Who doesn’t want front-row seats to the next big thing? That’s just one of the advantages of being a seed grower.
“I like the aspect of growing anything new. Getting new genetics and seeing what they’re capable of and how much better they can be than what we are growing now is something I really like about seed production,” says Randy Cay, owner and operator of Cay Seeds in Kinistino in northeastern Saskatchewan.
Cay and his team grow and process pedigree barley, wheat, oats, peas, fava beans, and grass seed. They also retail canola seed, inoculant, and crop protection products and offer custom seed treating.
The fourth-generation seed grower says his family has been growing malt barley for seed production for as long as he can remember. Over the years, Cay has witnessed the trend away from six-row varieties. “Growing up, our area was predominantly six-row barley,” he says. “In the last five to 10 years there has been a bigger shift to two-row barley.”
Bigger yields with AAC Synergy
AAC Synergy is an example of a two-row variety that is part of this new era. As a contracted Syngenta cereal seed associate (CSA), Cay has worked with AAC Synergy since 2015. He now grows 300 acres for seed and another 400 acres for malt. With AAC Synergy at field scale, Cay can really see its benefits.
“In my area it’s one of the best varieties we can grow as far as yield is concerned,” he says. Cay is also excited by the market potential for the variety.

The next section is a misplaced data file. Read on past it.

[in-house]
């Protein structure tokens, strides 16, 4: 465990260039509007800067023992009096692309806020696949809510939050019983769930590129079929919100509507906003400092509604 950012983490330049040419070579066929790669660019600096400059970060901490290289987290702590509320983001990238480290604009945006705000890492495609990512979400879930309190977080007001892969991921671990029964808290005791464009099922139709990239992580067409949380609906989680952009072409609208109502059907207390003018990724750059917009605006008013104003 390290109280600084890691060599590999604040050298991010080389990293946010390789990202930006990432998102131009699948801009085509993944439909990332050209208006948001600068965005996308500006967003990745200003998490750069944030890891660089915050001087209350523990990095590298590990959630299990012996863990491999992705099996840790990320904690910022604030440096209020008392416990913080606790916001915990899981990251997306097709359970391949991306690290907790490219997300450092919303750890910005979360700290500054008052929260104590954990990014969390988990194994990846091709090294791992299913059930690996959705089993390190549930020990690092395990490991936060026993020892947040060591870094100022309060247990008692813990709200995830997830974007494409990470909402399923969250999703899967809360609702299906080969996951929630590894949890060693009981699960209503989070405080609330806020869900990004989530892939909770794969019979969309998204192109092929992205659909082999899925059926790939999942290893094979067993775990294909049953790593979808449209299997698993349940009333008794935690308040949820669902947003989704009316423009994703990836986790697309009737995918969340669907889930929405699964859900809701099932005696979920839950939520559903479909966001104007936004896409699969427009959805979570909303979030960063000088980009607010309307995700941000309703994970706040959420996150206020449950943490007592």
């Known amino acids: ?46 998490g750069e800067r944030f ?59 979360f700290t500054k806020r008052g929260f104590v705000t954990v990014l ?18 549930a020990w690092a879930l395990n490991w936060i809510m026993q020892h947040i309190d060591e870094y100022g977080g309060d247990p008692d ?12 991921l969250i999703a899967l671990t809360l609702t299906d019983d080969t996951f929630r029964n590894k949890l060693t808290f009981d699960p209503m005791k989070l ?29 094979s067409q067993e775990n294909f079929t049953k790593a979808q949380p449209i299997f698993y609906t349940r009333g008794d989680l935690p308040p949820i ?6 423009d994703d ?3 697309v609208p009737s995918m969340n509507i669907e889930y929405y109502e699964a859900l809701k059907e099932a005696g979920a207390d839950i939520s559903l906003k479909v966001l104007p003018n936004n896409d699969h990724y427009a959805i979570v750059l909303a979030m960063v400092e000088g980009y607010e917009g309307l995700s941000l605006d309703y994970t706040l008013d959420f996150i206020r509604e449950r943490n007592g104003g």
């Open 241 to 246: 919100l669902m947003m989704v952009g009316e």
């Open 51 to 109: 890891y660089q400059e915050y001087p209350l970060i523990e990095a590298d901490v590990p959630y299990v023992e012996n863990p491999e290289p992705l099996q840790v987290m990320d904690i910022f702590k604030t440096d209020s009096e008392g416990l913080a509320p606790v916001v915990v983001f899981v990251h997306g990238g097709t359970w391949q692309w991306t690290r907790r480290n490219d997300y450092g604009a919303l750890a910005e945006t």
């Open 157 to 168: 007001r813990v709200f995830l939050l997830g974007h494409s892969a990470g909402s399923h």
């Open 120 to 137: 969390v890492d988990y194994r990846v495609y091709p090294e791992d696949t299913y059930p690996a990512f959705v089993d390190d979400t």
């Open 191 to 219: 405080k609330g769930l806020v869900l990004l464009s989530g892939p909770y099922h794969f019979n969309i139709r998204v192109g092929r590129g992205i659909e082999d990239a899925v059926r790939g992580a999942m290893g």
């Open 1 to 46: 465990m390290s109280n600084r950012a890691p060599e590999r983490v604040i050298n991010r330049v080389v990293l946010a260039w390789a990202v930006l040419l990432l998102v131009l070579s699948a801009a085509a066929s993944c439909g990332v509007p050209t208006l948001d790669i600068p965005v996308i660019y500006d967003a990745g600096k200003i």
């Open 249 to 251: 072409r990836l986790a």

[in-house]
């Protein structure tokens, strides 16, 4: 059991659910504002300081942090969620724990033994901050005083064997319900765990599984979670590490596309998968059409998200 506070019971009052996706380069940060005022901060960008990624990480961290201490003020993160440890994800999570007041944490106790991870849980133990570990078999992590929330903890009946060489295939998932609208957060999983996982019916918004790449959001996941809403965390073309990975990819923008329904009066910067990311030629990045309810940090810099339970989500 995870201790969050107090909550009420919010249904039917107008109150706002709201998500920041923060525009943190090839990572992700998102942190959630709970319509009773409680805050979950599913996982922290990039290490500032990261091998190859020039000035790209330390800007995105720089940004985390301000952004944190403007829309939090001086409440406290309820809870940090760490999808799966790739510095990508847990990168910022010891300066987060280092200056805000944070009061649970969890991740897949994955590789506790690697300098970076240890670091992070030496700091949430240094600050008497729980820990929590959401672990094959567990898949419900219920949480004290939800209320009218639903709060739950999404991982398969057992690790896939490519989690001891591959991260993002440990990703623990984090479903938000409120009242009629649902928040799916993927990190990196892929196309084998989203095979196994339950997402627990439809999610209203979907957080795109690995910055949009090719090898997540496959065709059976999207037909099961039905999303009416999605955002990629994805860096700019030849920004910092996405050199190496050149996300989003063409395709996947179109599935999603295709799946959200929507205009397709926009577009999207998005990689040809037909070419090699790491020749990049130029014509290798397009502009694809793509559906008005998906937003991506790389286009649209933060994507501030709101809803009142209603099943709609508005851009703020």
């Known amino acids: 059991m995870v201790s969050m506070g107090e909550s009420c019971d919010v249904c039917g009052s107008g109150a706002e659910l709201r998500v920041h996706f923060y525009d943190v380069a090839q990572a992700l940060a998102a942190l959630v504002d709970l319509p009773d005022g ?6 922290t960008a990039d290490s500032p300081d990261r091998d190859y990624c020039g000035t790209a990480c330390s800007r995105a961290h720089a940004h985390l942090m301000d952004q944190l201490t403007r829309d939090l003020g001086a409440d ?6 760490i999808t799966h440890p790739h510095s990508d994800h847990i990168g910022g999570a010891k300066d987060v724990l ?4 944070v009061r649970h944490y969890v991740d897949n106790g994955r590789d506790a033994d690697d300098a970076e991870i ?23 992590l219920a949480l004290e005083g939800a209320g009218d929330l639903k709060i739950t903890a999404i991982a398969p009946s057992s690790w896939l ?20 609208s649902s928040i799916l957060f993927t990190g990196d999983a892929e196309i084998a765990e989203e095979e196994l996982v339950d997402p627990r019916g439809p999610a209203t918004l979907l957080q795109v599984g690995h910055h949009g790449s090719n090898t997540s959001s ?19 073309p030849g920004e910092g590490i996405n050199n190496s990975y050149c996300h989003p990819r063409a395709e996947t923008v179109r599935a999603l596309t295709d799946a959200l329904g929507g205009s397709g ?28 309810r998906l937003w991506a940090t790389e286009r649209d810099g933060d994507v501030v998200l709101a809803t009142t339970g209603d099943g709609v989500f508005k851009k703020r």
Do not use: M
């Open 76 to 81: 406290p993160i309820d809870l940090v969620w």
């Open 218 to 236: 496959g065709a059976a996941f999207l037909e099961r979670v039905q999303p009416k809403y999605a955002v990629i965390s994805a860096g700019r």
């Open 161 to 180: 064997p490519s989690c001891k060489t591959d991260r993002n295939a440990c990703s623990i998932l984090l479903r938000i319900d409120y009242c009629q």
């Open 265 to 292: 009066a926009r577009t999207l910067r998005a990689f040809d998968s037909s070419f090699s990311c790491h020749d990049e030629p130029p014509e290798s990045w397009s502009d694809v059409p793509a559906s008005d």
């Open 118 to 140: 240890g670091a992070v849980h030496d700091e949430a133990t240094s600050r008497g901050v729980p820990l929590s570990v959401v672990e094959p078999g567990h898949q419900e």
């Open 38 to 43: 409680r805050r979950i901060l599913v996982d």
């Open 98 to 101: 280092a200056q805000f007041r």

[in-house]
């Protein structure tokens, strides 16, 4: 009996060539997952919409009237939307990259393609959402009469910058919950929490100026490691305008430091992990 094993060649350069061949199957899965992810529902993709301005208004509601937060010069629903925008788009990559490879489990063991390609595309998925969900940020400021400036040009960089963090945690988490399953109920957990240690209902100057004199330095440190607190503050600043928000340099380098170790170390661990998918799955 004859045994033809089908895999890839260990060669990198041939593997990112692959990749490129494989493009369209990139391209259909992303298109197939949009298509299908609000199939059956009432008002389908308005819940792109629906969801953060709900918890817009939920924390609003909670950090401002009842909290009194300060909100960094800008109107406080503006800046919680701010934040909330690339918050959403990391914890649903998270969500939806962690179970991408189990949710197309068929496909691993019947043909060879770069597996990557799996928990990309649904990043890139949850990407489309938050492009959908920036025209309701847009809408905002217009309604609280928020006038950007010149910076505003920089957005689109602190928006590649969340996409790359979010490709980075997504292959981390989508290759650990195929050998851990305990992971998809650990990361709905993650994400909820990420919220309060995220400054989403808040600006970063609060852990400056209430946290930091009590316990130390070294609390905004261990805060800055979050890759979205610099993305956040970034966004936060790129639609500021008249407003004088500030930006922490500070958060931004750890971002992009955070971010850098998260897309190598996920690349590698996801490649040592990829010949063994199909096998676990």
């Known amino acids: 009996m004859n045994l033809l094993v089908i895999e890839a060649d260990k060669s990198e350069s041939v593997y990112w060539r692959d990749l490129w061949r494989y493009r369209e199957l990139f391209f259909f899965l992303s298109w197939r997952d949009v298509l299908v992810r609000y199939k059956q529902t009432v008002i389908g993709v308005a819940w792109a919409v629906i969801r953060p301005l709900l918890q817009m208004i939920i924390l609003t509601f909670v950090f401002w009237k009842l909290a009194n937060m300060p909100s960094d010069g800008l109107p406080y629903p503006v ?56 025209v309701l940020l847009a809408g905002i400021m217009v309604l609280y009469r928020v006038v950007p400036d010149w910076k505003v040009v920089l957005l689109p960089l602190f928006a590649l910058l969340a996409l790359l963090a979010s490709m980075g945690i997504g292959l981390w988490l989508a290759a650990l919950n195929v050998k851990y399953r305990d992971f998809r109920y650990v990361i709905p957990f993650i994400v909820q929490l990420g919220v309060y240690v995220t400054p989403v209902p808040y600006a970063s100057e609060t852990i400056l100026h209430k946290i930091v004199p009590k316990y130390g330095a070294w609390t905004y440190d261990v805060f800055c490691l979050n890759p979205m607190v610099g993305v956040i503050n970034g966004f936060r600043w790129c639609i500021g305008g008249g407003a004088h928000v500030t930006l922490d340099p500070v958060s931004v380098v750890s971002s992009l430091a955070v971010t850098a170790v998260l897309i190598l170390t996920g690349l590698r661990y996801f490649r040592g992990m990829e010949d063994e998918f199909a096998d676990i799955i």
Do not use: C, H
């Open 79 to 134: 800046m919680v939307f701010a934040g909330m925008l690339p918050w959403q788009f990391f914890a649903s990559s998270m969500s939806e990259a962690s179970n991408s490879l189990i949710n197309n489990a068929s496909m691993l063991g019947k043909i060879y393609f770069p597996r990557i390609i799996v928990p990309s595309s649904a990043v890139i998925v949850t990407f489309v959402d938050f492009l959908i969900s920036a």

“Once a variety gets a foothold, it can take forever to change it,” Cay says, pointing to varieties like CDC Copeland and AC Metcalfe that have been around for decades. “AAC Synergy is right there with its toe in the door. To have some new genetics take over as the more predominant malt barley varieties that consumers are using would be exciting.”
Cay explains that market acceptance is not something that can be taken for granted. Maltsters and brewers are hesitant to try new varieties as they can affect the flavour profile of their products. At the same time, these customers recognize that growers want new genetics with improved agronomic packages. This fine balance doesn’t always make the job easy for a seed grower.
“The biggest challenge with malt barley seed production is selecting the right variety,” Cay says. He adds that patience is a virtue in seed production. “We’ve got to work on these varieties for three years before we ever get them up to the level where we can sell them to the producers. And then, it’s who knows how long after that before you get great acceptance, and in many cases it never even happens.”
Challenge and reward
One thing Cay knows for sure is that while seed growing has its rewards, it’s not for everybody. It’s a job that involves a lot of planning, protocol and paperwork.
“We make plans of what we're seeding three years out so that we can make sure when we get a new variety, we have some land that’s ready for it,” he says. “For example, where I grew AAC Synergy barley this year, I can't grow a new variety of barley on that land for at least two years.” Canola, peas, fava beans and grass seed are an important part of the rotation. “They’re all things that help us get that land ready to switch a variety.”
Liaising with crop inspectors and third-party auditors in the cleaning plant is also part of the job.
The extra work hasn’t stopped Cay from carrying on the family tradition. Getting a sneak peek of what’s coming down the seed genetics pipeline is just part of what makes it all worthwhile.